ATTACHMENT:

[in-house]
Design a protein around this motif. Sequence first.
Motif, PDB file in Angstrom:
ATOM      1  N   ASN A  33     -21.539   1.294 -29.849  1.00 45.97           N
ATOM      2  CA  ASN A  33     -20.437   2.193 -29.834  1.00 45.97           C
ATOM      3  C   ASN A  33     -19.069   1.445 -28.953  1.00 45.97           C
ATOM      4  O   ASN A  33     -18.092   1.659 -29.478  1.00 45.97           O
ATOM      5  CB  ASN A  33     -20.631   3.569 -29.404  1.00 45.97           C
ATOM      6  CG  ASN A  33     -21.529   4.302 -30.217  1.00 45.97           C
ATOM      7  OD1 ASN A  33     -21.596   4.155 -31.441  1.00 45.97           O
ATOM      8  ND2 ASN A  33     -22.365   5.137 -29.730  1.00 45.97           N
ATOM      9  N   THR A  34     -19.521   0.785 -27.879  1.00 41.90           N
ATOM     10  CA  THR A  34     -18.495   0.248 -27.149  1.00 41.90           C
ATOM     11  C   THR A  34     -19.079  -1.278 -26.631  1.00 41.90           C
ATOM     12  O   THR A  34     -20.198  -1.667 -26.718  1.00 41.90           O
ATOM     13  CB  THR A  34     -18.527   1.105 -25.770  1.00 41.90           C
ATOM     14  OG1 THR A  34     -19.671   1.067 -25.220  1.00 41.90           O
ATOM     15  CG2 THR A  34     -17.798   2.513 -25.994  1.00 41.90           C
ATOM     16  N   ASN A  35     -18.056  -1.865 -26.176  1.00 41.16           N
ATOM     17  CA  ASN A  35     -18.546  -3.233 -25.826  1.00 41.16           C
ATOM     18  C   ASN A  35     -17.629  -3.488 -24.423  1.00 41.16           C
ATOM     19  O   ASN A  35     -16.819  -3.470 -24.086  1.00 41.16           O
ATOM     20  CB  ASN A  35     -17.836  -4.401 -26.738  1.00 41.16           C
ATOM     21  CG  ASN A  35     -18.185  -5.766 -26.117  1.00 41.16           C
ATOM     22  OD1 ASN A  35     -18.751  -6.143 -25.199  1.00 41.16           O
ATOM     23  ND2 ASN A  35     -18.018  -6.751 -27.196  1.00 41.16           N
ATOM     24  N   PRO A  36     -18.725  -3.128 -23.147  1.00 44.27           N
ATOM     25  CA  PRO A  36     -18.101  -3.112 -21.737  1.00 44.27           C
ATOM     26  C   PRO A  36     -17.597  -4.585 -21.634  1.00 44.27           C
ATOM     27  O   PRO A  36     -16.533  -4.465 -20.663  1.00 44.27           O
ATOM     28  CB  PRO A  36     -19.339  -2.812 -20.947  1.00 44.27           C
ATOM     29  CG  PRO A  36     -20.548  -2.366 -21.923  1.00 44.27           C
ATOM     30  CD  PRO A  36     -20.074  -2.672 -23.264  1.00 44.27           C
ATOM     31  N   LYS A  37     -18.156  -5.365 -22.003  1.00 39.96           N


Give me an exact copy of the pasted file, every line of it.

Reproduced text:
[in-house]
Design a protein around this motif. Sequence first.
Motif, PDB file in Angstrom:
ATOM      1  N   ASN A  33     -21.539   1.294 -29.849  1.00 45.97           N
ATOM      2  CA  ASN A  33     -20.437   2.193 -29.834  1.00 45.97           C
ATOM      3  C   ASN A  33     -19.069   1.445 -28.953  1.00 45.97           C
ATOM      4  O   ASN A  33     -18.092   1.659 -29.478  1.00 45.97           O
ATOM      5  CB  ASN A  33     -20.631   3.569 -29.404  1.00 45.97           C
ATOM      6  CG  ASN A  33     -21.529   4.302 -30.217  1.00 45.97           C
ATOM      7  OD1 ASN A  33     -21.596   4.155 -31.441  1.00 45.97           O
ATOM      8  ND2 ASN A  33     -22.365   5.137 -29.730  1.00 45.97           N
ATOM      9  N   THR A  34     -19.521   0.785 -27.879  1.00 41.90           N
ATOM     10  CA  THR A  34     -18.495   0.248 -27.149  1.00 41.90           C
ATOM     11  C   THR A  34     -19.079  -1.278 -26.631  1.00 41.90           C
ATOM     12  O   THR A  34     -20.198  -1.667 -26.718  1.00 41.90           O
ATOM     13  CB  THR A  34     -18.527   1.105 -25.770  1.00 41.90           C
ATOM     14  OG1 THR A  34     -19.671   1.067 -25.220  1.00 41.90           O
ATOM     15  CG2 THR A  34     -17.798   2.513 -25.994  1.00 41.90           C
ATOM     16  N   ASN A  35     -18.056  -1.865 -26.176  1.00 41.16           N
ATOM     17  CA  ASN A  35     -18.546  -3.233 -25.826  1.00 41.16           C
ATOM     18  C   ASN A  35     -17.629  -3.488 -24.423  1.00 41.16           C
ATOM     19  O   ASN A  35     -16.819  -3.470 -24.086  1.00 41.16           O
ATOM     20  CB  ASN A  35     -17.836  -4.401 -26.738  1.00 41.16           C
ATOM     21  CG  ASN A  35     -18.185  -5.766 -26.117  1.00 41.16           C
ATOM     22  OD1 ASN A  35     -18.751  -6.143 -25.199  1.00 41.16           O
ATOM     23  ND2 ASN A  35     -18.018  -6.751 -27.196  1.00 41.16           N
ATOM     24  N   PRO A  36     -18.725  -3.128 -23.147  1.00 44.27           N
ATOM     25  CA  PRO A  36     -18.101  -3.112 -21.737  1.00 44.27           C
ATOM     26  C   PRO A  36     -17.597  -4.585 -21.634  1.00 44.27           C
ATOM     27  O   PRO A  36     -16.533  -4.465 -20.663  1.00 44.27           O
ATOM     28  CB  PRO A  36     -19.339  -2.812 -20.947  1.00 44.27           C
ATOM     29  CG  PRO A  36     -20.548  -2.366 -21.923  1.00 44.27           C
ATOM     30  CD  PRO A  36     -20.074  -2.672 -23.264  1.00 44.27           C
ATOM     31  N   LYS A  37     -18.156  -5.365 -22.003  1.00 39.96           N